On Friday, I was fortunate to have been given the opportunity to learn how to use hand tools in woodworking through my school district as we look to integrate innovation labs and maker areas across disciplines. When woodworking came up as an option, I jumped at the chance knowing that these skills would be great to learn in my pursuit of lifelong learning and great to share with students in my library.
The day started with a presentation on safety and what tools we would be working with. The session was held by Mike Schloff of the Maplewoodshop.
Next, we dove right into learning how to use the hand tools to make straight cuts in the wood.
From there, we were given a simple lesson plan and design to build a five-sided box we could take home with us. It took some time to get used to the Japanese hand saw that we were using. Chris was quite jealous that I got to learn how to use a Japanese hand saw, though at the time I had no idea what the tool was that I was using.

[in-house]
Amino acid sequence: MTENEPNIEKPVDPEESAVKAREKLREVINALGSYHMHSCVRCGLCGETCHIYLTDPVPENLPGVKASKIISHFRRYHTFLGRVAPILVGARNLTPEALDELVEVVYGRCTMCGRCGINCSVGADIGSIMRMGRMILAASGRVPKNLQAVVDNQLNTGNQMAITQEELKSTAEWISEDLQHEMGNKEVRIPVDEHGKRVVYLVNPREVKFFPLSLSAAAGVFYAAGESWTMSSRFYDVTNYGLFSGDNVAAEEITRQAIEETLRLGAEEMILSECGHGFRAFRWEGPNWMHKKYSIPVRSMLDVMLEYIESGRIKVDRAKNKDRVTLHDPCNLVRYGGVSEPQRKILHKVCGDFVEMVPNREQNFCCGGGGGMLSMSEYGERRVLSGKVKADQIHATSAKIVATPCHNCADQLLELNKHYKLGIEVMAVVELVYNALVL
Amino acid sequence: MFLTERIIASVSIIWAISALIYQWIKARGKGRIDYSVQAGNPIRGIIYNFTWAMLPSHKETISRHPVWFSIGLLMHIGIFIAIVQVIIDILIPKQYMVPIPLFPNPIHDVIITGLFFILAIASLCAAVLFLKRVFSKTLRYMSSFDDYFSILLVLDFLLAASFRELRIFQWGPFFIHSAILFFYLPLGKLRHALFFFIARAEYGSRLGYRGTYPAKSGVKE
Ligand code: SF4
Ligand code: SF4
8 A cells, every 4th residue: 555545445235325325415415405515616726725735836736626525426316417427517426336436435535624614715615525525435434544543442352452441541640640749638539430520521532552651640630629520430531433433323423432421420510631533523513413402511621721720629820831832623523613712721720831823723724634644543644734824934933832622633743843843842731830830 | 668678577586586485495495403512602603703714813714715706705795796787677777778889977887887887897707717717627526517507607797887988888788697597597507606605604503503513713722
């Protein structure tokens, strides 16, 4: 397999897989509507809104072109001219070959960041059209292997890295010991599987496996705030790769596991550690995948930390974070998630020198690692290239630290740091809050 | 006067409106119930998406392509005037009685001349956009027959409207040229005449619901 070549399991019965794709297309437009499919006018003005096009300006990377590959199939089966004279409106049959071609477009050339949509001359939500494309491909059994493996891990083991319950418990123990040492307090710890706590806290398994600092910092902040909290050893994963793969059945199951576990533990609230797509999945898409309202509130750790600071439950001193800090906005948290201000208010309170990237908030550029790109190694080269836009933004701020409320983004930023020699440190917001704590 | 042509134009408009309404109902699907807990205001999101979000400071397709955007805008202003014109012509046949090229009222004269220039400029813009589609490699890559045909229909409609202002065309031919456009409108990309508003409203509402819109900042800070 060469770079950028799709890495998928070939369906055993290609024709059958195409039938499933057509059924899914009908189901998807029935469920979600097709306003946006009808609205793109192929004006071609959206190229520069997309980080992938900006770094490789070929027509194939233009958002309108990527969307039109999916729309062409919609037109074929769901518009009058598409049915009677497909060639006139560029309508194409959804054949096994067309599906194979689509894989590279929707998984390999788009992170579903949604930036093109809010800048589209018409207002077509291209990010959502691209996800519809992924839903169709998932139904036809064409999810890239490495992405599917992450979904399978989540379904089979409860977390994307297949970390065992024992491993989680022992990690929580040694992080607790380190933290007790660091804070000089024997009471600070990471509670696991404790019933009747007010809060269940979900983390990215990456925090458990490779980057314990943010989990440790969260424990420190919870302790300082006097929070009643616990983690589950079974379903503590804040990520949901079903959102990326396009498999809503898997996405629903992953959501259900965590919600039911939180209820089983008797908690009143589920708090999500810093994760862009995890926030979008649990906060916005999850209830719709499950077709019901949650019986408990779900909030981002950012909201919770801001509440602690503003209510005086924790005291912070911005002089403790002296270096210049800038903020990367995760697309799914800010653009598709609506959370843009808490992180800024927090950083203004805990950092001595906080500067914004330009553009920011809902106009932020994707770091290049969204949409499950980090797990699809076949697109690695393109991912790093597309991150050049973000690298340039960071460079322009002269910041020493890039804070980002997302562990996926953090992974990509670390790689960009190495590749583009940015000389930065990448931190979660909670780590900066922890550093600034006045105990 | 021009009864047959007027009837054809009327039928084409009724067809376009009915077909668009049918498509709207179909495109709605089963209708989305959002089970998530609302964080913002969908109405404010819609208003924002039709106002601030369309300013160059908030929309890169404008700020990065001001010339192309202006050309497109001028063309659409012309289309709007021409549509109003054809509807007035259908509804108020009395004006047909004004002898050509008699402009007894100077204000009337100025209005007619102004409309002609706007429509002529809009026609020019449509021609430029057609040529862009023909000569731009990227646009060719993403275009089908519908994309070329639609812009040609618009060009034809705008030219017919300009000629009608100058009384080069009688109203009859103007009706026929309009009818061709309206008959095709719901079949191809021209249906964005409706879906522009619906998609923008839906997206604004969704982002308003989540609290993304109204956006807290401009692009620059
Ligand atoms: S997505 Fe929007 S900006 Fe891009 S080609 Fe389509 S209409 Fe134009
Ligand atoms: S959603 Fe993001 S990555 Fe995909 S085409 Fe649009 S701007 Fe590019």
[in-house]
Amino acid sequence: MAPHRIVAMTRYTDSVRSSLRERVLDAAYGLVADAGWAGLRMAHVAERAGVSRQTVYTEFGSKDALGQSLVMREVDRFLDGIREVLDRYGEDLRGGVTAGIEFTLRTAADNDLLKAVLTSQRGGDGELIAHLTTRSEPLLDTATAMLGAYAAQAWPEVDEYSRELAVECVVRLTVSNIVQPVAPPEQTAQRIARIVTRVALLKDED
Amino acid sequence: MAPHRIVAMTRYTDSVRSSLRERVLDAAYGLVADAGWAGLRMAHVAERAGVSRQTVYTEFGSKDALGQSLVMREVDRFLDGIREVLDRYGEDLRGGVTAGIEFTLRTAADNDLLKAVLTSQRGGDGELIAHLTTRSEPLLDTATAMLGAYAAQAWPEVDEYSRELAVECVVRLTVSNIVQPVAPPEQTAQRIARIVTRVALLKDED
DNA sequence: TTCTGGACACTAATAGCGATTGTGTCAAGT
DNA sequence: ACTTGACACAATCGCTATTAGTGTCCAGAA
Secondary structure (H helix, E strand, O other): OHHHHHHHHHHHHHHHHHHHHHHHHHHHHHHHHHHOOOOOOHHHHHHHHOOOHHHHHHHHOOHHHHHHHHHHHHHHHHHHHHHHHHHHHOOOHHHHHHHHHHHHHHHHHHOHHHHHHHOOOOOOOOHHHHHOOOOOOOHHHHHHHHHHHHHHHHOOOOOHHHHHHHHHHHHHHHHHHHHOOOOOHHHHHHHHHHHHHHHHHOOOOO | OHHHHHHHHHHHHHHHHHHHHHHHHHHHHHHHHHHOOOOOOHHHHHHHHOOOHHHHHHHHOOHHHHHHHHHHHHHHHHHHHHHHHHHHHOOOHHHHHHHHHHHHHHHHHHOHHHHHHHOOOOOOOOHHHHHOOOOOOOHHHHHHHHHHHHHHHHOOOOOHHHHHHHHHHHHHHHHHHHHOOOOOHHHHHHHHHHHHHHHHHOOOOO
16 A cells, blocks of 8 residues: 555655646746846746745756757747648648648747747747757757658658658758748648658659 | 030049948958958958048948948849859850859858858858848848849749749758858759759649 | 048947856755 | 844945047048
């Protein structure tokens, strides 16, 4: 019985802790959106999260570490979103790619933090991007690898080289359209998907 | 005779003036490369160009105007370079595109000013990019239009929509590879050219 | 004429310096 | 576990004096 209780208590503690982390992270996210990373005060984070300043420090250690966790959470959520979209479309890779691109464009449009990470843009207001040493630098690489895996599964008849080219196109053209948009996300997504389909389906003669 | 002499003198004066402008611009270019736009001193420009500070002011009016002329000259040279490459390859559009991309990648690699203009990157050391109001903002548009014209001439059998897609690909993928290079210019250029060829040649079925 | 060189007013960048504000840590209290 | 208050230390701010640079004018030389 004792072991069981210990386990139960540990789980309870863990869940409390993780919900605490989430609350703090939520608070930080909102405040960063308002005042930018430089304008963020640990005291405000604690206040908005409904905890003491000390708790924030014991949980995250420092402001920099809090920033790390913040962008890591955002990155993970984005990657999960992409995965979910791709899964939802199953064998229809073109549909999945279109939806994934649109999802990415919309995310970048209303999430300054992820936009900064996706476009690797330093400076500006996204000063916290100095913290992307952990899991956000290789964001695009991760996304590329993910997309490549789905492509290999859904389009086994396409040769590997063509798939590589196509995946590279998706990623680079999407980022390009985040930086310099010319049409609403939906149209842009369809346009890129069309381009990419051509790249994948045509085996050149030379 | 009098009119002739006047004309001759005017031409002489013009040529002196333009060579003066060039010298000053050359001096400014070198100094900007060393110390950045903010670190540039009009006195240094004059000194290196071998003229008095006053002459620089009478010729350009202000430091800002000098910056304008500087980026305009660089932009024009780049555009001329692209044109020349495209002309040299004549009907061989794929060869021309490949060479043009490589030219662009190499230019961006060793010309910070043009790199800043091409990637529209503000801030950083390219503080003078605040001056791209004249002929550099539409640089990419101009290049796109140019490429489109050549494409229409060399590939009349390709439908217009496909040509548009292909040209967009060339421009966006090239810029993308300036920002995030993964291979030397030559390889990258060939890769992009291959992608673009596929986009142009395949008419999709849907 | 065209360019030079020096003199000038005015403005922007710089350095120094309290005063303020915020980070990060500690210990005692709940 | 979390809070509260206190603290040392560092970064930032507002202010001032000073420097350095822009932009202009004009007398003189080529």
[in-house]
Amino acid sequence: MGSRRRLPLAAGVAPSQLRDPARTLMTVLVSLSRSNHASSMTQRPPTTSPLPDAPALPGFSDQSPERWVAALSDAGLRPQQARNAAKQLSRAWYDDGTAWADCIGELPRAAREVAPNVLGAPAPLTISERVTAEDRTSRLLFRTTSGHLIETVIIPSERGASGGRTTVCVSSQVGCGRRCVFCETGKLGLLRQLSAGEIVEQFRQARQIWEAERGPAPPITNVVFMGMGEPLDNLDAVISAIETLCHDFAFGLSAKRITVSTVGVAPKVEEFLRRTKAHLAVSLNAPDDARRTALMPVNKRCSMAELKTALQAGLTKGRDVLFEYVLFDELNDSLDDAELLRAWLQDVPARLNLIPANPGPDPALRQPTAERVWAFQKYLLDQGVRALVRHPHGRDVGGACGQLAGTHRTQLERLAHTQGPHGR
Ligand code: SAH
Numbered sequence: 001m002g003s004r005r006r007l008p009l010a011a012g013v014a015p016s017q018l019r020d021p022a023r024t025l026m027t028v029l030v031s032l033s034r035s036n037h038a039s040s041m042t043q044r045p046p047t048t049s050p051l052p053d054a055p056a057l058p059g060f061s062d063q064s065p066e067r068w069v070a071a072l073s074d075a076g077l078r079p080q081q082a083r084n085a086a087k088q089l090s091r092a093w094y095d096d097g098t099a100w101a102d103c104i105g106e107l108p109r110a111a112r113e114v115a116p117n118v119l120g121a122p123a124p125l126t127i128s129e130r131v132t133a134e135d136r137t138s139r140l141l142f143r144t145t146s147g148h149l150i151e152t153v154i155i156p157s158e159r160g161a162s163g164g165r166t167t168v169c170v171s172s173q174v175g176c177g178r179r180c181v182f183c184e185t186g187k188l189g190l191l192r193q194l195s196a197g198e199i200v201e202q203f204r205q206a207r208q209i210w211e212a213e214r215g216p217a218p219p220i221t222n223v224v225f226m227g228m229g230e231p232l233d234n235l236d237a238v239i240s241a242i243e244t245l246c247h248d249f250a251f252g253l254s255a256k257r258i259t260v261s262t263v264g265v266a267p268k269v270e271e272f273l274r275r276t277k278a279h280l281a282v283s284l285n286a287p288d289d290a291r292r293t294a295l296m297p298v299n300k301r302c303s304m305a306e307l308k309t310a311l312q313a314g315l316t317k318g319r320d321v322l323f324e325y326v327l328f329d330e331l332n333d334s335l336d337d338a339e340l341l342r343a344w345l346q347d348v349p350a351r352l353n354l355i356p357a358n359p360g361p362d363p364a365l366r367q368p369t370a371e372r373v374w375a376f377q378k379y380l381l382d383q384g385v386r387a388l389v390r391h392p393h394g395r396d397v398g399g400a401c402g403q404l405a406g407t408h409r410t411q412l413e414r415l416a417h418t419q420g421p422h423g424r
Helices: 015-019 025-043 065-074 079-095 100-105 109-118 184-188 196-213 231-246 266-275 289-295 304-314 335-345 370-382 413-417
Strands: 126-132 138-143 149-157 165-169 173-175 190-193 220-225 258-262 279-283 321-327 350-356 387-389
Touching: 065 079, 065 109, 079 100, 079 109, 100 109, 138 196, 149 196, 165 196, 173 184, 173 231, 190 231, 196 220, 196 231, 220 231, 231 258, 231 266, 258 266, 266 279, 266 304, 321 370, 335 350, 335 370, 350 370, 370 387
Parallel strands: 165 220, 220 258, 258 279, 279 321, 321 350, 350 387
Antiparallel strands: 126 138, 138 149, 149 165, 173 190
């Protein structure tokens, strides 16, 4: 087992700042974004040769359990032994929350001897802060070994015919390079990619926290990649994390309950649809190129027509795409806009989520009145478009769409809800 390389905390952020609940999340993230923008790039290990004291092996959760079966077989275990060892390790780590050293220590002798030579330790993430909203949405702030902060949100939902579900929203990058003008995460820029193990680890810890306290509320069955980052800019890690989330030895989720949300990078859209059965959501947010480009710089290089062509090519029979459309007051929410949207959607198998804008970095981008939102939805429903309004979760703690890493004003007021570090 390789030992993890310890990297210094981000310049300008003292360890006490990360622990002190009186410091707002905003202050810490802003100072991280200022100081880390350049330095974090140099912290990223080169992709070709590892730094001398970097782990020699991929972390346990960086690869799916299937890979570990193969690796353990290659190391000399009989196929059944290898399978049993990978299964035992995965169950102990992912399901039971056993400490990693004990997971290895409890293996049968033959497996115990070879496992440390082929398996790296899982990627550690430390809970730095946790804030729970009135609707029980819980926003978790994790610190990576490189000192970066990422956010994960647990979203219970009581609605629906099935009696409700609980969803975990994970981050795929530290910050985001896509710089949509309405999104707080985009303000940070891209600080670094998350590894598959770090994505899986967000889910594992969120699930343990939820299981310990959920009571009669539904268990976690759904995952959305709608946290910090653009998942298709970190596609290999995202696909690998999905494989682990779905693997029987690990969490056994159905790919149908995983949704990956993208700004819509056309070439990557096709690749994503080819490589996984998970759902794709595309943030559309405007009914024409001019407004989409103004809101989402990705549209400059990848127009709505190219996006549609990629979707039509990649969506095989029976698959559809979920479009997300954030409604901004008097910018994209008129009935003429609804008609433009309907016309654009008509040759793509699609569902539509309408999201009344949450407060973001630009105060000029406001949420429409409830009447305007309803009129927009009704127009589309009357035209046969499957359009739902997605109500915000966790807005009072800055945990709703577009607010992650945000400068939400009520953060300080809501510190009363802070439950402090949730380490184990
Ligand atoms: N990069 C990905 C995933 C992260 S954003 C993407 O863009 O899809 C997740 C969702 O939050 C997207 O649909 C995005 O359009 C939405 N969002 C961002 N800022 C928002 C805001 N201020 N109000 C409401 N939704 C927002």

You have to make sure you stand with your hips sideways, much like playing tennis, where your hips and toes face change where the saw goes as with a tennis ball.
Once all sides of the box were cut to size, then it was time to line up where the nails were going to put it together. We nailed all of the nails into the pieces of wood just slightly through the other side before completely joining the pieces. That helped create some friction when hammering the sides together; one side at a time.
And there you have it. I made a simple box from a plank of wood with a Japanese hand saw, some nails, and a simple hammer. I learned to use my hand safely as a clamp, to let the saw do the hard work, and how to nail ahead of time to help when finishing the product.
Overall, the short workshop was a great learning experience. I was glad there were several colleagues there to learn alongside me as well. It’s something we’ll take back and see how we can implement and where it would be a good fit for future learning. I was happy to learn something Chris doesn’t know (or doesn’t do often) and now I can share that learning with him and the kids, too. This is definitely a project I can teach Monkey how to do safely.
Now, I want to sand and finish my box so I can proudly display it on my desk at work. I collected scraps from everyone’s first training project to sand down and use for Jenga pieces in my library as well. I know my students will love that!
What have you learned lately?